Question: How much do you practice?
Answer: I am often asked this question by students, and it is usually accompanied by “how many hours?” I hear the expectation in their voice that I will confirm the idea that more hours equal more success. I remember my friends in college boasting, “I just practiced for four hours!” “Well, I practiced for six!” Practicing the most was like a badge of honor. This seemed strange to me then, and after many years of experience and experimentation, I came to the following realization. Focusing on the amount of practice, as opposed to the quality of practice, is not only futile, but can even be detrimental to your progress.
So, here is the truth. I don’t count. I don’t look at the clock. I don’t require any amount of time from myself or my students. What I do require is short stints of goal-driven, inquisitive, intentional and hyper-focused practice. We have all heard the saying practice smarter, not harder. When I was a student, I thought I was practicing smart. I repeated difficult passages over and over – slowly, with varying rhythms, changing articulation – so something good must have come from that, right? Maybe it did, but ultimately all that work did not stick. Once I began investigating the process by which I learned and my mindset during practice sessions, I realized how much time I was wasting.
We have all experienced the but I could play it perfectly at home syndrome. I used to be that player who was confused as to why in even slightly stressful situations I could not produce the quality of which I knew I was capable. Two things were the impetus for change. First, I began spending loads of money on auditions. If I was paying $1,000 to prove myself in just five minutes, it was time to figure out how to perform consistently. Second, I had a child, and time with my instrument inevitably shrunk. I now had thirty minutes to accomplish what I did in two hours pre-baby, and a funny thing happened – it worked. In fact, it worked better.
I began designing short practice sessions around relearning excerpts in a highly detailed fashion. I insisted upon being patient with myself, trusting that if I practiced thoughtfully and with a diagnostic mindset the first time, then I would feel solid in any situation. I stopped playing through passages just to see if I could or just to fill the time. Instead, I focused on my weaknesses and passages about which I felt uneasy. I addressed the tension in my body through the movements of my fingers, tongue, and air, being careful to not force anything. I worked through technical passages at ridiculously slow tempos, but this time, I paid special attention to even the slightest insecurities that arose. I repeated those areas with a deliberate absence of tension, sort of massaging them out. When something did not work, I questioned my use of support, air speed, air direction, posture, and so forth. I carefully examined the problems and worked through potential solutions. I recorded myself relentlessly. If my mind wandered or I became bored or just felt like I was going through the motions, I stopped.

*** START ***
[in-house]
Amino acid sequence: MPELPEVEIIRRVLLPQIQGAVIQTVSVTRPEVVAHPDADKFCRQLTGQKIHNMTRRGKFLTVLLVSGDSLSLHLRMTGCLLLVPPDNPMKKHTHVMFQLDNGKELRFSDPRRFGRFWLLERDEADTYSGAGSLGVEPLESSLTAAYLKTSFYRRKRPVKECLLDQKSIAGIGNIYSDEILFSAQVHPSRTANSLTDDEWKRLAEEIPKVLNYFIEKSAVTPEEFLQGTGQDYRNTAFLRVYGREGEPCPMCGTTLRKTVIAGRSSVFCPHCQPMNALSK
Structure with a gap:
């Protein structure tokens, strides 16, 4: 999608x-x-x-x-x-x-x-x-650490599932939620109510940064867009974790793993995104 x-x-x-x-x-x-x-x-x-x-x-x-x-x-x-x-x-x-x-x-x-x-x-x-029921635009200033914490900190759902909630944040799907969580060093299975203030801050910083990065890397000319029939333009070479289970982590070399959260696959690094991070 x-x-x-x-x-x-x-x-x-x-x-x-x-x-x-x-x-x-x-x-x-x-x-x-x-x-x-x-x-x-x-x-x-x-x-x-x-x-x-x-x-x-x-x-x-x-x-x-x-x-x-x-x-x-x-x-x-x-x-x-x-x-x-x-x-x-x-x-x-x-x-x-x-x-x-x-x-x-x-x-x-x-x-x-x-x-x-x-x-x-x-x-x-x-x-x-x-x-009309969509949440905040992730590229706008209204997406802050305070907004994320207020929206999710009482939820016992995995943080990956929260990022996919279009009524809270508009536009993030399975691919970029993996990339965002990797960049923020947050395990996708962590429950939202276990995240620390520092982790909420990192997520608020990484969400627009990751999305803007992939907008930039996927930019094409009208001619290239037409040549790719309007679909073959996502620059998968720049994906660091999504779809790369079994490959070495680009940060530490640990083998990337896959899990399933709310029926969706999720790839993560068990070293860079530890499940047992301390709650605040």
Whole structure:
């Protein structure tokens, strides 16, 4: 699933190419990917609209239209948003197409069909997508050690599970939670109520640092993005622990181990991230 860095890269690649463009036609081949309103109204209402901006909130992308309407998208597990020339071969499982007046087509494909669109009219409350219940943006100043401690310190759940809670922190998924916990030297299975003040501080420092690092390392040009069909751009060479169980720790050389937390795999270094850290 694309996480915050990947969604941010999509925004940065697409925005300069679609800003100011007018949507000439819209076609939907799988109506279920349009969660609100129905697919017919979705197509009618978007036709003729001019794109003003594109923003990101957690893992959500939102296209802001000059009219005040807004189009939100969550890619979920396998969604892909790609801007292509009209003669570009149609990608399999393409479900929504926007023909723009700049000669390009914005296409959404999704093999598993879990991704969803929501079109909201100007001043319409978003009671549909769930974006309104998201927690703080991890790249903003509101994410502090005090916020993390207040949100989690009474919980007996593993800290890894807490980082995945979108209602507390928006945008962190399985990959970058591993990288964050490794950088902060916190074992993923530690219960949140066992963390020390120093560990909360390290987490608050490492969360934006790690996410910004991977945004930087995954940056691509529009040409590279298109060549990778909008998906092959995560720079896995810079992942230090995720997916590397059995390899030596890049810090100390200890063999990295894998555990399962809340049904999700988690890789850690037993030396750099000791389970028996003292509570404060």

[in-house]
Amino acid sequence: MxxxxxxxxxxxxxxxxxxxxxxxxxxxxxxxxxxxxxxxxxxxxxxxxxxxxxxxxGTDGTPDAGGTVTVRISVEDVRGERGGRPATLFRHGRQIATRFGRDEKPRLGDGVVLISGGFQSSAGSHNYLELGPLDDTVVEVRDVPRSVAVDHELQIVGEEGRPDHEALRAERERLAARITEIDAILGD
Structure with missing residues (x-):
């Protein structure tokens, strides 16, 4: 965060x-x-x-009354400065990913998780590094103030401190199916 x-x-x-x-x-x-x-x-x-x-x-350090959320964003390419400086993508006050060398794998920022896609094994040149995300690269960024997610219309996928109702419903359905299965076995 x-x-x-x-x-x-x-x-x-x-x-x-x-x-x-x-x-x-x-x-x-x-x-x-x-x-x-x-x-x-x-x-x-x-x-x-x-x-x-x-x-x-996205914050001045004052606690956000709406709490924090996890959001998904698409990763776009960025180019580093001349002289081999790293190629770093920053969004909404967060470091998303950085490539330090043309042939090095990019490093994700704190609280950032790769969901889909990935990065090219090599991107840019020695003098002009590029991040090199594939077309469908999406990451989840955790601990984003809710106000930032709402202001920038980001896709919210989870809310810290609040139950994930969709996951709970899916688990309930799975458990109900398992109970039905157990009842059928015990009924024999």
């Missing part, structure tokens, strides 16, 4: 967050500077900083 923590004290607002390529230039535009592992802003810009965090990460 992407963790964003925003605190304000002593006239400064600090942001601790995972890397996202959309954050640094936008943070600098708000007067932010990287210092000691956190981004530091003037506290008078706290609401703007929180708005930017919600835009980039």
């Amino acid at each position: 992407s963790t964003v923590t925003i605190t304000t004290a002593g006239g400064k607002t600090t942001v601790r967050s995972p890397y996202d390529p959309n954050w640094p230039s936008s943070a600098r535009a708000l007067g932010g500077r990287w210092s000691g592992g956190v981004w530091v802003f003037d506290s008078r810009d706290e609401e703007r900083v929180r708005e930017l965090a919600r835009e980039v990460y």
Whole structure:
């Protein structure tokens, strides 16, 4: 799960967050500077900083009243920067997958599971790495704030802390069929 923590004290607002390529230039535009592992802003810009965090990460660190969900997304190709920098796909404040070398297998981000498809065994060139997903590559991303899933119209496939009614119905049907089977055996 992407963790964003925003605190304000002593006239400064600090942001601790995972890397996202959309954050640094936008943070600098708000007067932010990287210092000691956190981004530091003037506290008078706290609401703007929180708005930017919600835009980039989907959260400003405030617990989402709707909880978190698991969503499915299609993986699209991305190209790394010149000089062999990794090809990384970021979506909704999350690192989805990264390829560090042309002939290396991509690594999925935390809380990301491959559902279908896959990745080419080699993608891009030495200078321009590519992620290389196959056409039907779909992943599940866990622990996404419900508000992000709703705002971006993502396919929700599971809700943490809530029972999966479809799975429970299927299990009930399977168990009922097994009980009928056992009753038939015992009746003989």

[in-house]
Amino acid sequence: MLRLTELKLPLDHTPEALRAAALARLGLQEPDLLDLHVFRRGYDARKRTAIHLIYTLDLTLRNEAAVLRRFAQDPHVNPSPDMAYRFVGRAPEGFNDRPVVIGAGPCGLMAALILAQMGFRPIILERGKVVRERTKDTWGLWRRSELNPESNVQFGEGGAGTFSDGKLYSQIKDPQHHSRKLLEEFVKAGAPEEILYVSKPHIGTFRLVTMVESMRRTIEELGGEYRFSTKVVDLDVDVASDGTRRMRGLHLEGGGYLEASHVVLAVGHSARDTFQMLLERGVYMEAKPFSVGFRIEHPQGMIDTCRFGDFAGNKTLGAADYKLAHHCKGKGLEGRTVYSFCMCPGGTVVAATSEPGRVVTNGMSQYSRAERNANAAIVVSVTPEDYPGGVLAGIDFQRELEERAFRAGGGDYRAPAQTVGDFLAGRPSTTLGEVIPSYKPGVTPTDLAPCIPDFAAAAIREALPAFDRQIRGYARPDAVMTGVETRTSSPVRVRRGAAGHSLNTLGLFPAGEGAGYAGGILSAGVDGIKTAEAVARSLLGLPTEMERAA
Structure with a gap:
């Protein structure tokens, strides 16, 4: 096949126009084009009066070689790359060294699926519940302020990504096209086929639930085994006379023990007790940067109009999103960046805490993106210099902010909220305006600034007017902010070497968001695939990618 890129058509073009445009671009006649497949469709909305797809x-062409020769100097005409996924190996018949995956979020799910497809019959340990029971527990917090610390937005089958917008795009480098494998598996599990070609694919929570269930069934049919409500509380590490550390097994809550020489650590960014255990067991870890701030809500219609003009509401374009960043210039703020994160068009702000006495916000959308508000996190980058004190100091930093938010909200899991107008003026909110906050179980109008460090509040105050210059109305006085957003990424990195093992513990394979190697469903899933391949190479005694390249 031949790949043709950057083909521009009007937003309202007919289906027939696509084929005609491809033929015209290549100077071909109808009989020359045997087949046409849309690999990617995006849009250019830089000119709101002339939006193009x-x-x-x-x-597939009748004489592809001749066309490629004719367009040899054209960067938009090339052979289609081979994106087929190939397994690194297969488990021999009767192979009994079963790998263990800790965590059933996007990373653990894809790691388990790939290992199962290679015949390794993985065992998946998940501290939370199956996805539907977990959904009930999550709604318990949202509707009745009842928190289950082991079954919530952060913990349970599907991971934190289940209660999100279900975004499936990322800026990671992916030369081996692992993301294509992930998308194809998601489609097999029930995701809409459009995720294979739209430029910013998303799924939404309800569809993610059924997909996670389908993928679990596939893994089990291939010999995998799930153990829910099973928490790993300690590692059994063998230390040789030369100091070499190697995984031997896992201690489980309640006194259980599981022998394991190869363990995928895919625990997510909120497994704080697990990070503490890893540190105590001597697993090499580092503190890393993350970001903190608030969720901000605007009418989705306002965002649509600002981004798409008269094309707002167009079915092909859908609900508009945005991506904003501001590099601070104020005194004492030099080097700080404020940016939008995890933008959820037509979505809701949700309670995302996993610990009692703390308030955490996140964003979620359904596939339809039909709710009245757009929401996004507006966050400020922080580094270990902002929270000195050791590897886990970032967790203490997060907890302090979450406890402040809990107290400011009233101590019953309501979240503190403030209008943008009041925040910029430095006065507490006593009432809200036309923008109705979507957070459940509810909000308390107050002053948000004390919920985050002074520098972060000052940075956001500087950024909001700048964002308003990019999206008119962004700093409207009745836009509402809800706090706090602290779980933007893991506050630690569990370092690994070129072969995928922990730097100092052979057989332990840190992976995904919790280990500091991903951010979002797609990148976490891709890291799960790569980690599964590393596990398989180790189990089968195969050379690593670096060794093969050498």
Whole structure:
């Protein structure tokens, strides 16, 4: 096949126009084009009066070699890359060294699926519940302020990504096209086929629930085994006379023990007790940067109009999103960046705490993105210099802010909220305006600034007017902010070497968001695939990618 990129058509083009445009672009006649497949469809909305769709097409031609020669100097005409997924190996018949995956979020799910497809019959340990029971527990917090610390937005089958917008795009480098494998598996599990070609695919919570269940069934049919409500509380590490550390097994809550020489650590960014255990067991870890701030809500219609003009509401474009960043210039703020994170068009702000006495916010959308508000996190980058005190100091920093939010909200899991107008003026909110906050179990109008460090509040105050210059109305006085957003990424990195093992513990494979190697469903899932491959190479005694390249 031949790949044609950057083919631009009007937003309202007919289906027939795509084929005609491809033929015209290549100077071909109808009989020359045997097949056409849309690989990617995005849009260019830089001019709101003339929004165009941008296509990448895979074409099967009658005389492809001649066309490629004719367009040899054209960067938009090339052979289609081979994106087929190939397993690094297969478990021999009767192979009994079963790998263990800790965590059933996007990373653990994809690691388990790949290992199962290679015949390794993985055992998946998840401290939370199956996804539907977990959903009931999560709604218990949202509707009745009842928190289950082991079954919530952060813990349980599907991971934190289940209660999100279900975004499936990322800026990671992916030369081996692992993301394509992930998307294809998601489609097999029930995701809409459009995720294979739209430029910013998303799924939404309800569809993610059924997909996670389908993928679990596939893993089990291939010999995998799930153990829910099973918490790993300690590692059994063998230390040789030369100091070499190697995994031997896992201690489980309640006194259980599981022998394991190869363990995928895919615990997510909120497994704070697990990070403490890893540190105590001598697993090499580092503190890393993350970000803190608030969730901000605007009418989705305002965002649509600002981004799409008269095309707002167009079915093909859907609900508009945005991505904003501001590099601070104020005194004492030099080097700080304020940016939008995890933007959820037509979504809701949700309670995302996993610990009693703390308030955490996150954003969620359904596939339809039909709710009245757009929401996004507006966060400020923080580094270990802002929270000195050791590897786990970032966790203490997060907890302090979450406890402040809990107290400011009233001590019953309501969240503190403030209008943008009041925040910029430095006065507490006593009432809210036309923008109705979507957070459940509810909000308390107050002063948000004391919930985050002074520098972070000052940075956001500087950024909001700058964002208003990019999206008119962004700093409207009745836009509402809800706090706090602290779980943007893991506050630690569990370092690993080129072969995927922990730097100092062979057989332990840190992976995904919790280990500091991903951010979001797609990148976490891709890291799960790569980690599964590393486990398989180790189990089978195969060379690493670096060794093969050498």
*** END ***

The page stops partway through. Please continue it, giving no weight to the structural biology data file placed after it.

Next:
This all required a great deal of self-reflection, restraint and diligence. By being acutely present, I learned a great deal about myself as a flutist and musician. I cannot adequately express the value in this kind of judicious and efficient practicing. If you are having trouble making your practice stick, consider looking at how you are practicing, not how much. Twenty minutes of prudent practice is equal to sixty minutes of gratuitous playing. More practice does not necessarily equate to more success. Conscious and purposeful practice does. This will not only produce faster results, but longer-lasting results.
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